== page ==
This is a calculated result and you will need to adjust your uplink earth station transmit power (and possibly uplink earth station size) to obtain the exact figure you require at the satellite.
The figure you require may be derived from the power flux density to saturate the transponder (pfd/sat) . This figure is available from the uplink coverage map and the satellite transponder specification.
For example the pfd/sat at beam centre might be -83 dBW/m^2. The pfd/sat on the -4dB contour would then be -79 dBW/m^2. ( Note that the pfd/sat figures can be altered by commanding changes in the gain setting of the satellite transponder, for example in the range -87 to -73 dBW/m^2 on the -4 dB contour. It may be possible to negotiate changes in gain setting, particularly if you lease a whole transponder)
The figures above refer to a whole transponder. If you transmit an uplink signal with sufficient power to produce the pfd/sat specified above you will saturate the transponder. This is applicable only if you are using one carrier in the transponder. In such a case the input and output back offs would both be zero.
For two carriers an input back off of 0.5 dB is suggested, with an output back off of about 1.5 dB due to the production of second order intermodulation products (A+B) which are hopefully absorbed in the satellite before the output filter.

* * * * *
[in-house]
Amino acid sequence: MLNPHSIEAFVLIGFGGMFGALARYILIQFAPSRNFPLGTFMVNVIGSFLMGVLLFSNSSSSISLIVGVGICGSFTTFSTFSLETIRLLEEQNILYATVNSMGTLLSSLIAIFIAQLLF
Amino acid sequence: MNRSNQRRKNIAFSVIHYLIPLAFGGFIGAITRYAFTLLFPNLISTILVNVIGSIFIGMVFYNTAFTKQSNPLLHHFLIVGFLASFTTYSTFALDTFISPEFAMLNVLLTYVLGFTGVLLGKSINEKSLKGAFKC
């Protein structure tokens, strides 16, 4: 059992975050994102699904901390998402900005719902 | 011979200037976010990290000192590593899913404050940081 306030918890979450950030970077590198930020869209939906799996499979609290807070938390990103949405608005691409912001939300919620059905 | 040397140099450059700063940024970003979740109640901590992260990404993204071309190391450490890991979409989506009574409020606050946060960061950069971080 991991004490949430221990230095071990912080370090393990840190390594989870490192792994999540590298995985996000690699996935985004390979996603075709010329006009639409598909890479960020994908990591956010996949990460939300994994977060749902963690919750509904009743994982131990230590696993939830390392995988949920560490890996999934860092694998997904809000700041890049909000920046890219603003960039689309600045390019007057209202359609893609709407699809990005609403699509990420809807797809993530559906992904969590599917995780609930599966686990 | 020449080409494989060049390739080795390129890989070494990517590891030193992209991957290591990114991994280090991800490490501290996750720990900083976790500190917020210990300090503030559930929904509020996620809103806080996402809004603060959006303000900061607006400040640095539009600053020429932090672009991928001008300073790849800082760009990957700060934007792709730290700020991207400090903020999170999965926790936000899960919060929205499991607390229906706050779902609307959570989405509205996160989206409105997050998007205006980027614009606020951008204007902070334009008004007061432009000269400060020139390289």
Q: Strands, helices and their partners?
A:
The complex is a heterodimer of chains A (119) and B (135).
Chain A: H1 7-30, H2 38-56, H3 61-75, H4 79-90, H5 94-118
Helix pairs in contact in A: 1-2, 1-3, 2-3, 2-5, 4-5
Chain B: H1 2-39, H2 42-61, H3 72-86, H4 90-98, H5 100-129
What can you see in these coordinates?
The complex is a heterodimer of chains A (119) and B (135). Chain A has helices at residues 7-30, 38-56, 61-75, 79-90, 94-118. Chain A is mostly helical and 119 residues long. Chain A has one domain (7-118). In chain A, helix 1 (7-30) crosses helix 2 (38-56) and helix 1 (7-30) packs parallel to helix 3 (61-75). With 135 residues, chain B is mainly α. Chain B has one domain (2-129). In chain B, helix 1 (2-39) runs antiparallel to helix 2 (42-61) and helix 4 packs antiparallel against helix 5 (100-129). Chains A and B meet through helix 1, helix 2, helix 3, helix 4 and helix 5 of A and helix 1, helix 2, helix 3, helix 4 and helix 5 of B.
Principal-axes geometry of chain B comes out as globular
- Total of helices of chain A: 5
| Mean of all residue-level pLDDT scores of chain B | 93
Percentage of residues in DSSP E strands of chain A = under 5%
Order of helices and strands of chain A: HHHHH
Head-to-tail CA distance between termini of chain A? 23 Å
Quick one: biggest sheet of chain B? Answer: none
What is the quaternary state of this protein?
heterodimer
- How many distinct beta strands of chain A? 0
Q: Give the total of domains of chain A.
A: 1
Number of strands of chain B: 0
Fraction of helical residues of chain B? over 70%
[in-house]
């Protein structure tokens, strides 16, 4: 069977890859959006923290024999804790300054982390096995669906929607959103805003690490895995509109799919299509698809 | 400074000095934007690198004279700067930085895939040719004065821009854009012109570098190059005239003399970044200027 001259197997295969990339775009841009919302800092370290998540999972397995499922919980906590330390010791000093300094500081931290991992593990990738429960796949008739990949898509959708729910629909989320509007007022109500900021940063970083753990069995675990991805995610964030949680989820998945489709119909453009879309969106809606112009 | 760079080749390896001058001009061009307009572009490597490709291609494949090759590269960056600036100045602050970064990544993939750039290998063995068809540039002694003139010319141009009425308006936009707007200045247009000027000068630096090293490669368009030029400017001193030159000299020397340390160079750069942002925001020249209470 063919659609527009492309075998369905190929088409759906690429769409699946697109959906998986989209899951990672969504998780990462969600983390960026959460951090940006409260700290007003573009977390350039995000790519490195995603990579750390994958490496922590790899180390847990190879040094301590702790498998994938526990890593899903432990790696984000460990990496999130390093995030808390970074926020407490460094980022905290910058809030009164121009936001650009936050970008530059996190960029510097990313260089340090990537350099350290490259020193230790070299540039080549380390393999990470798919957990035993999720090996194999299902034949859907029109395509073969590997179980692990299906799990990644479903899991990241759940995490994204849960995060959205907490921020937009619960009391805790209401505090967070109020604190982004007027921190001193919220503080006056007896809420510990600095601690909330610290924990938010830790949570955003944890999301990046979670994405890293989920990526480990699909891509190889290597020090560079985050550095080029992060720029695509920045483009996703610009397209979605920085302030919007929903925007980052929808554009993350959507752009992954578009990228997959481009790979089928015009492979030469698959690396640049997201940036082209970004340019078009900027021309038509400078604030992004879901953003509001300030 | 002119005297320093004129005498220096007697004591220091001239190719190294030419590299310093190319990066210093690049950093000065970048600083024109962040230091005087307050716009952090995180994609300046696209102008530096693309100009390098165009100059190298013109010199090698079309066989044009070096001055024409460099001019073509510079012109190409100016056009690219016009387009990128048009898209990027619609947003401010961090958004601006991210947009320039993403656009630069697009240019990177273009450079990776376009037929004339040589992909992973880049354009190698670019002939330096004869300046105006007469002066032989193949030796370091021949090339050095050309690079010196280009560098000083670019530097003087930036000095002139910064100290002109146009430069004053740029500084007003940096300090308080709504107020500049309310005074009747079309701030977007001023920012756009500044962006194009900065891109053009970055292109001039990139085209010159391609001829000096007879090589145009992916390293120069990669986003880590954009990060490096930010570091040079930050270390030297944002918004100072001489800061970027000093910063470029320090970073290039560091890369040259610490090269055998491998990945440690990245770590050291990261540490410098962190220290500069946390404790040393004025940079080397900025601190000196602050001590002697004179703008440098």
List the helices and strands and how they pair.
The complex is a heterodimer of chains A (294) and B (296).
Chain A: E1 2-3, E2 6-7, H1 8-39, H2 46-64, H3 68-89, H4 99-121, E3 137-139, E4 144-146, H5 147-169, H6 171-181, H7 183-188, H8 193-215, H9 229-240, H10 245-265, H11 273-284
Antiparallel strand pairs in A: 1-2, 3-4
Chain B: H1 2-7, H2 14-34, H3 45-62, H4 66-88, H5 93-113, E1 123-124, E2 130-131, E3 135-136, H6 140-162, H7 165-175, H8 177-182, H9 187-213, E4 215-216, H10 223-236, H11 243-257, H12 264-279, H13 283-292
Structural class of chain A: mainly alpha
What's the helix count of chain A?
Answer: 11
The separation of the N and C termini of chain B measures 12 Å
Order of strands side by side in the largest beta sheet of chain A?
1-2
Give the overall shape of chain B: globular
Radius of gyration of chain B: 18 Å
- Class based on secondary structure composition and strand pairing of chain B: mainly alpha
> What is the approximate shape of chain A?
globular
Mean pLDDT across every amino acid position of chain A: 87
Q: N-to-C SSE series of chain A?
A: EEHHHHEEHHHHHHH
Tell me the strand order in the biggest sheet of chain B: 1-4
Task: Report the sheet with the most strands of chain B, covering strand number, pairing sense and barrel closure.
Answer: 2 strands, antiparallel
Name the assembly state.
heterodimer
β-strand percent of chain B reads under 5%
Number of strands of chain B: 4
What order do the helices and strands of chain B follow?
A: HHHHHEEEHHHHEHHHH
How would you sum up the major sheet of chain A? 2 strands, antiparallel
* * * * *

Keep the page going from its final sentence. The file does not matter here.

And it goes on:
In many cases 3 or more carriers are transmitted through the transponder and
to avoid unacceptable intermodulation interference levels it is necessary to
operate the transponder backed off. Typical transponder operating
Multi carrier: -6 dB input back off and -3.2 dB output back off, intermod= 21 dB. *
Multi carrier: -10 dB input back off and -4.5 dB output back off, intermod= 21 dB. **
* ** not the same satellite.
The satellite specification will provide a table or graph of input versus output values plus the carrier to intermodulation ratio curve. Transponders with linearisers (e.g. * above) allow operation nearer to saturation while keeping intermodulation acceptable. Intermodulation worse than 15 dB starts to impact on the link budget, 18 to 21 dB is about optimum and 25 dB is too good and you are not making proper use of the downlink power available. The C/IM ratio changes at twice the rate of change of input back off.
Let us assume -10 dB input back off, for multi-carrier operation and carrier to intermodulation = 21 dB.
So for beam edge operation, actual operating pfd is -79 -10 = -89 dBW/m^2. Remember this still applies to the whole transponder.
If the transponder bandwidth is 36 MHz and we want to operate in a 2 MHz wide
slot the operating power flux density for this 2 MHz bandwidth is -89 -10
log(36/2) = -101.5 dBW/m^2.
You can't just put this in the link budget. You need to adjust the uplink earth station power (and possibly uplink earth station size) so that this required uplink pfd is achieved. Make the result equal to -101.5 dBW/m^2.
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